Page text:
The new administration of Mexican President Enrique Peña Nieto "has sought to downplay the deadly violence" among rival drug cartels that has plagued much of his country but the facts belie the propaganda as reported by Tracy Wilkinson and Cecilia Sanchez for the Los Angeles Times: "newly released statistics indicate the number of homicides related to drug trafficking and other organized crime are only marginally changed from the same period last year, a blow to the government's attempts to recast Mexico's image."Peña Nieto previously has declared his handling of the drug cartels "will be a quieter affair" than the aggressive strategy employed by his predecessor Felipe Calderon as reported by Richard Fausset for the Los Angeles Times.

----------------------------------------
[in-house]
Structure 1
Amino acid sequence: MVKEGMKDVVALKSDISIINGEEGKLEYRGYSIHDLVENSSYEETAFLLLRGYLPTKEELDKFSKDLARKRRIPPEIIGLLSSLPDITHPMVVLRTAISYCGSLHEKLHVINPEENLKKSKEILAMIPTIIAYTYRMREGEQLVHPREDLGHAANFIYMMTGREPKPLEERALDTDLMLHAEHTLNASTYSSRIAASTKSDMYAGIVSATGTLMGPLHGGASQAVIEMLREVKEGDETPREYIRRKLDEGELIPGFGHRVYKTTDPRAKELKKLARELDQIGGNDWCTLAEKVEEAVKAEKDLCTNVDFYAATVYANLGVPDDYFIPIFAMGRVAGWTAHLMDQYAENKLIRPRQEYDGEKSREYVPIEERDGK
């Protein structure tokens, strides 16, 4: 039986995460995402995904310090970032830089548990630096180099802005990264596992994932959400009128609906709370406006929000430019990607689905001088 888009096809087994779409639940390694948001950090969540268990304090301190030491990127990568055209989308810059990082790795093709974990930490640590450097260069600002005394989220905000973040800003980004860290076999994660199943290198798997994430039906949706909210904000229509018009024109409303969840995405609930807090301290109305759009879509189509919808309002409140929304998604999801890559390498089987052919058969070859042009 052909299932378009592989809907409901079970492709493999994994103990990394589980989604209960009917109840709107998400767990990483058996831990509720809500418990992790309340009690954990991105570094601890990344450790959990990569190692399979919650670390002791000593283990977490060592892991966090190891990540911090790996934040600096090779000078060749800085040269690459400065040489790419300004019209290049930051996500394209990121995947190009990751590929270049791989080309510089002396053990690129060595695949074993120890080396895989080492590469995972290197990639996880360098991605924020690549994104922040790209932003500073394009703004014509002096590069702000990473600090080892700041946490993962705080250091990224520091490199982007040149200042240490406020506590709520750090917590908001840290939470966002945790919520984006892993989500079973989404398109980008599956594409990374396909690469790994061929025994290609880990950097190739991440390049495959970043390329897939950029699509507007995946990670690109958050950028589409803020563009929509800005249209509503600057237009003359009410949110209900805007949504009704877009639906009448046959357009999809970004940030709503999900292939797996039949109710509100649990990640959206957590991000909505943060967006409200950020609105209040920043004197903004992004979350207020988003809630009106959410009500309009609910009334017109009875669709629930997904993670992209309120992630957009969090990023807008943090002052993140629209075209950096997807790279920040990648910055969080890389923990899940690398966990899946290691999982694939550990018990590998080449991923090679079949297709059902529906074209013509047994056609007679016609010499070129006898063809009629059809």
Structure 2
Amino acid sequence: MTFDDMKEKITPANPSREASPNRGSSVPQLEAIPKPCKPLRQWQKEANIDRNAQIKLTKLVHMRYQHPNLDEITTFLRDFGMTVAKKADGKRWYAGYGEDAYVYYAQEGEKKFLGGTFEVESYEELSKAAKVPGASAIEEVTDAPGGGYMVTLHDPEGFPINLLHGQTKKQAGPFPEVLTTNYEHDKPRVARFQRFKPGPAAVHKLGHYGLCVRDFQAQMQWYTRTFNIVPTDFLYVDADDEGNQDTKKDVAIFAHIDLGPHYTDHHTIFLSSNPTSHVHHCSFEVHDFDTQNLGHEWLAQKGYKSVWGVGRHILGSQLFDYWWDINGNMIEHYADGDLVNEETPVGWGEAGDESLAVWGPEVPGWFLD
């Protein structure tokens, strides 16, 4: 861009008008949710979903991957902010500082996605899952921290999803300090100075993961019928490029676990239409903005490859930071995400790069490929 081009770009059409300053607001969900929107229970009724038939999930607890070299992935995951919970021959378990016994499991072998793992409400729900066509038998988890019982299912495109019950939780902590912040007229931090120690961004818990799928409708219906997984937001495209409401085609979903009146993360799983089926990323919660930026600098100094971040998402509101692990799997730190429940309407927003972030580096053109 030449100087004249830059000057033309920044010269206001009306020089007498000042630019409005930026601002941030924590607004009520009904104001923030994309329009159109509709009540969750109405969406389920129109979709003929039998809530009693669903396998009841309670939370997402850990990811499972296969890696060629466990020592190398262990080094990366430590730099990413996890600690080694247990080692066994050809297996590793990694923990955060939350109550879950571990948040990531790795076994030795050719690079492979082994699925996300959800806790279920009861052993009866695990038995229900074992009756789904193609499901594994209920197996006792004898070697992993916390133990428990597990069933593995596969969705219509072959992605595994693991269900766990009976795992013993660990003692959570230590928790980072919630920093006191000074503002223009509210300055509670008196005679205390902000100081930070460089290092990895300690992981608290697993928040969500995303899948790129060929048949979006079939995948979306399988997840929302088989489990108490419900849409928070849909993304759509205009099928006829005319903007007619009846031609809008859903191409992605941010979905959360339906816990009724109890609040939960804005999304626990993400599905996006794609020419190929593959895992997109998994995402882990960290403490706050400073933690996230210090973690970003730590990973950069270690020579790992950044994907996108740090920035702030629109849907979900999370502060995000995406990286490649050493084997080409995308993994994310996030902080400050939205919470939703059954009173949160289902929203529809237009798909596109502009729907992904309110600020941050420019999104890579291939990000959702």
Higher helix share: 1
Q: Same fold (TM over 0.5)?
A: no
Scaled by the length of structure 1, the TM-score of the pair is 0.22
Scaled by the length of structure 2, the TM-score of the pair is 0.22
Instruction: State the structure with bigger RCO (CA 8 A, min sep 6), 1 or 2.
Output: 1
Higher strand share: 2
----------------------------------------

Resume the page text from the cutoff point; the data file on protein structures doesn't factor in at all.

It's unclear what the Peña Nieto administration means by offering a quieter approach in dealing with the drug cartels, and hopefully it does not entail negotiating a secret pact by which the narcos are allowed to operate in exchange for peace. In the past some branches within the Italian government allegedly made deals with the devil to end the Mafia's stragismo -- strategy of terror -- to disasterous results.
When Peña Nieto won the Presidential election last July some predicted a capitulation to the cartels as then reported by Erin Carlyle for Forbes: "the new government is likely to be a lot less confrontational with people like the world's most powerful druglord: billionaire Joaquin 'El Chapo' Guzman Loera."